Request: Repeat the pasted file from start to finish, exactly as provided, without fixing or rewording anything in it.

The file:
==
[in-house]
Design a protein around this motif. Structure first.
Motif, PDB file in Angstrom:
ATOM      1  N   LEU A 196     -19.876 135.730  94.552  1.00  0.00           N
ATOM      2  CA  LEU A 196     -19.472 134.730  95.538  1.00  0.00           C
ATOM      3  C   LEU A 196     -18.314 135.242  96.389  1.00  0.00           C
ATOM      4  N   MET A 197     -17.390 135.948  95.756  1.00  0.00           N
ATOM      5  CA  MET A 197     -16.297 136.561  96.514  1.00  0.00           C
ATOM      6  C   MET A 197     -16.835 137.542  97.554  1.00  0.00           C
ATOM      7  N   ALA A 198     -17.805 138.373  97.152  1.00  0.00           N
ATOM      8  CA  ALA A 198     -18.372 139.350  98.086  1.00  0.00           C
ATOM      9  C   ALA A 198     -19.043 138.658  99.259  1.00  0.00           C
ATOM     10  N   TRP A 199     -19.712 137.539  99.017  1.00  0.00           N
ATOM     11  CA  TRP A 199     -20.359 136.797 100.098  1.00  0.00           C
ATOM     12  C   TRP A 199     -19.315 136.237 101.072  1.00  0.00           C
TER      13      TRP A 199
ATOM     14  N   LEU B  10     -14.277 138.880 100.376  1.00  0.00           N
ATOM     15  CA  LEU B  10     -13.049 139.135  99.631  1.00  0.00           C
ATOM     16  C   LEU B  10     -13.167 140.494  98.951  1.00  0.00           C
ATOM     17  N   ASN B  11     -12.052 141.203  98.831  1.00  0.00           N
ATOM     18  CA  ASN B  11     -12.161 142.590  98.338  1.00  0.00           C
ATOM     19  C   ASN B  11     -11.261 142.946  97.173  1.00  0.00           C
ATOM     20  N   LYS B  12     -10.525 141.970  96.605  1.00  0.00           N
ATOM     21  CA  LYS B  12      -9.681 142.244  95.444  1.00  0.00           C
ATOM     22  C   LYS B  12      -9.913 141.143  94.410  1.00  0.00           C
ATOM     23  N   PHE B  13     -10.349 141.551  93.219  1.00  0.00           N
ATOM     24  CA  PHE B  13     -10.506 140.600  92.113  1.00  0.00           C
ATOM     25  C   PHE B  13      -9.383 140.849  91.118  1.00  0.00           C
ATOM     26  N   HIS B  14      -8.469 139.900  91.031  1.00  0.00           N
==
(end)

[in-house]
Design a protein around this motif. Structure first.
Motif, PDB file in Angstrom:
ATOM      1  N   LEU A 196     -19.876 135.730  94.552  1.00  0.00           N
ATOM      2  CA  LEU A 196     -19.472 134.730  95.538  1.00  0.00           C
ATOM      3  C   LEU A 196     -18.314 135.242  96.389  1.00  0.00           C
ATOM      4  N   MET A 197     -17.390 135.948  95.756  1.00  0.00           N
ATOM      5  CA  MET A 197     -16.297 136.561  96.514  1.00  0.00           C
ATOM      6  C   MET A 197     -16.835 137.542  97.554  1.00  0.00           C
ATOM      7  N   ALA A 198     -17.805 138.373  97.152  1.00  0.00           N
ATOM      8  CA  ALA A 198     -18.372 139.350  98.086  1.00  0.00           C
ATOM      9  C   ALA A 198     -19.043 138.658  99.259  1.00  0.00           C
ATOM     10  N   TRP A 199     -19.712 137.539  99.017  1.00  0.00           N
ATOM     11  CA  TRP A 199     -20.359 136.797 100.098  1.00  0.00           C
ATOM     12  C   TRP A 199     -19.315 136.237 101.072  1.00  0.00           C
TER      13      TRP A 199
ATOM     14  N   LEU B  10     -14.277 138.880 100.376  1.00  0.00           N
ATOM     15  CA  LEU B  10     -13.049 139.135  99.631  1.00  0.00           C
ATOM     16  C   LEU B  10     -13.167 140.494  98.951  1.00  0.00           C
ATOM     17  N   ASN B  11     -12.052 141.203  98.831  1.00  0.00           N
ATOM     18  CA  ASN B  11     -12.161 142.590  98.338  1.00  0.00           C
ATOM     19  C   ASN B  11     -11.261 142.946  97.173  1.00  0.00           C
ATOM     20  N   LYS B  12     -10.525 141.970  96.605  1.00  0.00           N
ATOM     21  CA  LYS B  12      -9.681 142.244  95.444  1.00  0.00           C
ATOM     22  C   LYS B  12      -9.913 141.143  94.410  1.00  0.00           C
ATOM     23  N   PHE B  13     -10.349 141.551  93.219  1.00  0.00           N
ATOM     24  CA  PHE B  13     -10.506 140.600  92.113  1.00  0.00           C
ATOM     25  C   PHE B  13      -9.383 140.849  91.118  1.00  0.00           C
ATOM     26  N   HIS B  14      -8.469 139.900  91.031  1.00  0.00           N